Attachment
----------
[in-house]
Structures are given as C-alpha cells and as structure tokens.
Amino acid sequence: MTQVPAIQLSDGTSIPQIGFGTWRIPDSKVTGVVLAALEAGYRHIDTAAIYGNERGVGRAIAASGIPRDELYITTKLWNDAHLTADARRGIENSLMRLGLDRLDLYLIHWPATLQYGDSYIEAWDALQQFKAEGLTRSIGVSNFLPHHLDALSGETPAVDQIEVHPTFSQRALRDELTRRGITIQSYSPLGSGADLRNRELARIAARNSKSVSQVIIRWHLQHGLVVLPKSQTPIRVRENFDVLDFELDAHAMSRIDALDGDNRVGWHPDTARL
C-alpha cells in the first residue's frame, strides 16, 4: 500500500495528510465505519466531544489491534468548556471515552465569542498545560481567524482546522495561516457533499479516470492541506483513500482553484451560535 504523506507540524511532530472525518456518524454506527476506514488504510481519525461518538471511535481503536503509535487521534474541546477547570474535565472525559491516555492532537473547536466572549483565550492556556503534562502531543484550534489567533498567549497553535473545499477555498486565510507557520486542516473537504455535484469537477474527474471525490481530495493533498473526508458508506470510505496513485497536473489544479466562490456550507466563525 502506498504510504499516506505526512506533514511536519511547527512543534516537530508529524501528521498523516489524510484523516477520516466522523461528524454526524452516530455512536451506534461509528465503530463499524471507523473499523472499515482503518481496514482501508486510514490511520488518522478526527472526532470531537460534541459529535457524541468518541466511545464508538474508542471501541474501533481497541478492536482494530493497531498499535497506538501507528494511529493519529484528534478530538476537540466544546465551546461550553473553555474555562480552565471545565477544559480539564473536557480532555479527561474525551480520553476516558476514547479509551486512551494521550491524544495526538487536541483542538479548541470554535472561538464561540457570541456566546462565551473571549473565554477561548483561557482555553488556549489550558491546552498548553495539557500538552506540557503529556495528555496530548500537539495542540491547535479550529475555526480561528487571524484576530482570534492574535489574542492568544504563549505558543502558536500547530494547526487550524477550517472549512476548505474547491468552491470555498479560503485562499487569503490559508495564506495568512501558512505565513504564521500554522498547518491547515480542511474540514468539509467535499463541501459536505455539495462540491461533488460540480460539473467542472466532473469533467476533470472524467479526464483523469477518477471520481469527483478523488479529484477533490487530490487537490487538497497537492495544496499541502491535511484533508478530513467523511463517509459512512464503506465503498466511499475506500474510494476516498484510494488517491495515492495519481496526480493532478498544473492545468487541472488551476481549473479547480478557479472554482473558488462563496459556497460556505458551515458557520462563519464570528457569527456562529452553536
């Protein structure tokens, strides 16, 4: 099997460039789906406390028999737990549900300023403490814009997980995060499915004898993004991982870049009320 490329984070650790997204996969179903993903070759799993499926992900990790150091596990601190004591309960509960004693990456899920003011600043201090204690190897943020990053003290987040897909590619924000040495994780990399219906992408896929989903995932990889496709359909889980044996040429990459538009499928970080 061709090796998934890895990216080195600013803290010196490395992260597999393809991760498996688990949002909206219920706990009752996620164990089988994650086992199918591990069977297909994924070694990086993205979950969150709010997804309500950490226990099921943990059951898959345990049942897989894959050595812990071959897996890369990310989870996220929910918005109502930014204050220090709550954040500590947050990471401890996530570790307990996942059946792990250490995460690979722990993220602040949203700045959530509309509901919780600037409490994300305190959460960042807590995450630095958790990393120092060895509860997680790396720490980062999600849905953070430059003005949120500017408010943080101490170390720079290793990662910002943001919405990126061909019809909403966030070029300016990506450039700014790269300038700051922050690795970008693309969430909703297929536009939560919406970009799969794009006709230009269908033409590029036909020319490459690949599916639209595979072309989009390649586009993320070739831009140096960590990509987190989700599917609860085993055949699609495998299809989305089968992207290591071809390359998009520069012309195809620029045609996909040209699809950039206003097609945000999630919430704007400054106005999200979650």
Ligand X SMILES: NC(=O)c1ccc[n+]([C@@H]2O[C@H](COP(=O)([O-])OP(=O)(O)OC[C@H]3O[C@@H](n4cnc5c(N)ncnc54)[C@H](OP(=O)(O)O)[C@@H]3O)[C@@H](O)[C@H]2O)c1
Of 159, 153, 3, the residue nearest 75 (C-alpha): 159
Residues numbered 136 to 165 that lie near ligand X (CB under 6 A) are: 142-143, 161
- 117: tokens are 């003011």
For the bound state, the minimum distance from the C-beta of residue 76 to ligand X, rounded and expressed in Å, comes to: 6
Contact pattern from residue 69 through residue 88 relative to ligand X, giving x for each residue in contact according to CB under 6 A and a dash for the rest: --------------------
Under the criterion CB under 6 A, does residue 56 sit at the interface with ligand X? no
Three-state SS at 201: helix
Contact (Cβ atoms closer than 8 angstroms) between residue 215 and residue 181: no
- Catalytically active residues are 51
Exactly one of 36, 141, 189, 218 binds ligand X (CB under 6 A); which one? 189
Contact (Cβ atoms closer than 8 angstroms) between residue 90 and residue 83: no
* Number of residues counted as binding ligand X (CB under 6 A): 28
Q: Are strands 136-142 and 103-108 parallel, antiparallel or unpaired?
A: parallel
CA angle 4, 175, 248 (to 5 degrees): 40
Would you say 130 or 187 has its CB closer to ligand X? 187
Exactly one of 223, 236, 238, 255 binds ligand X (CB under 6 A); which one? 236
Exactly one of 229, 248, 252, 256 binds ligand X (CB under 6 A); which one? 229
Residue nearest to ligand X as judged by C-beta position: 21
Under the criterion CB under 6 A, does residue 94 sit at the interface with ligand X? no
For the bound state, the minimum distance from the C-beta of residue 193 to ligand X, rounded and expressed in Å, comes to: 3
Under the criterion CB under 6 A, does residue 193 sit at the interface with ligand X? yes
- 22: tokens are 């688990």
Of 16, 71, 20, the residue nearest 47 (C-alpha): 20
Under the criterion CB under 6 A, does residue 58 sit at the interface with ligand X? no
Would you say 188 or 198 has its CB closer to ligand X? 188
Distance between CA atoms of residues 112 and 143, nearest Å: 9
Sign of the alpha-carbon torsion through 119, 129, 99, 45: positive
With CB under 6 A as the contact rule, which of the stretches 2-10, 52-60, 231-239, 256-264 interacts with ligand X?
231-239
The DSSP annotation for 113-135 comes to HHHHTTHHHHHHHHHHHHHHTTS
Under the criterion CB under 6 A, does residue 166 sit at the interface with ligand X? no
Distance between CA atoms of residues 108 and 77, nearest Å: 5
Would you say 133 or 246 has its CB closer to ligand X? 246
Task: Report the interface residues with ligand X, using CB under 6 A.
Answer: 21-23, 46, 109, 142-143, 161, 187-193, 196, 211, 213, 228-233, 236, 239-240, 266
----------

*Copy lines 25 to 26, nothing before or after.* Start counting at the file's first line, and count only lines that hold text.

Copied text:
Residue nearest to ligand X as judged by C-beta position: 21
Under the criterion CB under 6 A, does residue 94 sit at the interface with ligand X? no